Brighton, Massachusetts Details
The Allston-Brighton and Newton neighborhoods were originally part of Watertown in 1630. Then, in 1634, the Massachusetts Bay Colony transferred the area to Newtowne, which later became Cambridge. The Allston-Brighton area became known as “little Cambridge” until it established its own government in 1807 with the Allston area included. It was a small, rural, farming town of less than 300 residents with a commercial center on the east side. During the Revolutionary War, a cattle market was established in the town to help feed the Revolutionary Army. By 1866, there were 41 slaughterhouses in the area of the Boston & Worcester Railroad, built in 1834. This became the Stockyards and the Abattoir. The town also established itself as a horticultural area in 1820. However, in 1874, it was annexed to Boston.
As of 2013, the population was 47,986. Among the population, 64.6 percent have a high school degree or higher and 38.8 percent have a Bachelor’s degree or higher. The median household income is $79,754, and the median per capita income is $53.977. It has 22.7 percent owner-occupied homes. The median value of owner-occupied housing is $400,000. The median monthly rent is $1,540.
Things to Do in Brighton, Massachusetts
Brighton Common is a park at 24 Chestnut Hill Avenue. It is a nice green space and park with interesting statues and a live performance area.
Fenway Park, built in 1912, is the home of the Red Sox. The Red Sox are known for winning four World Series between 1912 and 1918. Then, the team suffered an 86 year drought. Finally, the Red Sox started winning again with World Series Championships in 2004, 2007, and 2013. The Red Sox also have a fierce rivalry with the New York Yankees. Take a tour of Fenway Park, and learn more about the history of the park and the Red Sox. The park is located at 4 Yawkey Way. Tours are available daily from 10 am to 5 pm in the winter and 9 am to 5 pm in the summer.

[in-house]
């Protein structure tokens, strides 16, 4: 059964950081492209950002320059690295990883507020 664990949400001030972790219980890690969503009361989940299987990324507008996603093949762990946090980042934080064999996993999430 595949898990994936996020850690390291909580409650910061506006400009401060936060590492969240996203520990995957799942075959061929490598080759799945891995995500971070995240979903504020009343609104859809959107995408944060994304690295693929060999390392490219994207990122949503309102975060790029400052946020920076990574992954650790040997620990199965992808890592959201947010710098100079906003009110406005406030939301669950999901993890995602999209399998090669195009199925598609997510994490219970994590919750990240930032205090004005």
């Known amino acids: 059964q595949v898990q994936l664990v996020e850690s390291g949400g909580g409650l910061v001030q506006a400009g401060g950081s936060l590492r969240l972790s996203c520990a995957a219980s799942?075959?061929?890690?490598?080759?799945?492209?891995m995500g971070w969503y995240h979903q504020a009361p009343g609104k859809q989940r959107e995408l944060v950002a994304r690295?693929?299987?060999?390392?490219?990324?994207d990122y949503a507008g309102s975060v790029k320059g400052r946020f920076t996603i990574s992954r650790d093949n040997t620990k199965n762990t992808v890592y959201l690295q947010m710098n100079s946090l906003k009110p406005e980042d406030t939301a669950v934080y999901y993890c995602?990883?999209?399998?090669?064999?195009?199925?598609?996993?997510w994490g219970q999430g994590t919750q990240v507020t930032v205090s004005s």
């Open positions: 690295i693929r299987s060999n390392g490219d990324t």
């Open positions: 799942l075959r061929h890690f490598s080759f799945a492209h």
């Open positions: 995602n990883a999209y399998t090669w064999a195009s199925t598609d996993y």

Central Square, Cambridge
Central Square is the area around the junction of Massachusetts Avenue, Prospect Street, and Western Avenue between MIT and Harvard. It features ethnic restaurants, live music, theatres, and Graffiti Alley where building walls are covered with street art. The Central Walls Project has encouraged other businesses in the area to hire artists to paint their exterior walls also.
The Back Bay Fens Park
The Back Bay Fens Park, located at 100 Park Drive in Boston, was created in 1879 to correct a pollution issue that had developed on the Back Bay. The original tidal marsh ecology was recreated. However, the damming of the Charles river completely cleared up the water in the Back Bay and the gardens had to be changed again.
The Fens now houses community gardens, the Kellecher Rose Garden, the last remaining WWII victory garden, Memorial Gardens dedicated to veterans of WWII, the Korean War, and Vietnam. There are also bird watching opportunities and baseball fields. The park is open 24 hours a day.
The Museum of Fine Arts
On the east side of Fens Park, you can visit the Museum of Fine Arts, The museum opened on July 4, 1876 with 5,600 works of art. It now has nearly 500,000 works of art ranging from ancient Egyptian to contemporary art. The Art of the Americas Wing that opened in 2010 offers American art from ancient times to the modern era. In 2011, the west wing became the Linde Family Wing for Contemporary Art displaying contemporary art and providing social and learning spaces. The museum also features visiting exhibits and collections. The Museum of Fine Arts is located at 465 Huntington Avenue and is open Saturday through Tuesday from 10 am to 5 pm and Wednesday through Friday from 10 am to 10 pm.
The Samuel Eliot Morison Statue
Samuel Eliot Morison was a Harvard professor, a Pulitzer Prize winner, one of America’s foremost naval historians, and an avid sailor, but do not expect to find a stuffy statue on a pedestal. Instead, you will find a fisherman sitting on a jagged granite rock. It is very picturesque. The statue is located on the Commonwealth Avenue Mall between Exeter and Fairfield Streets.
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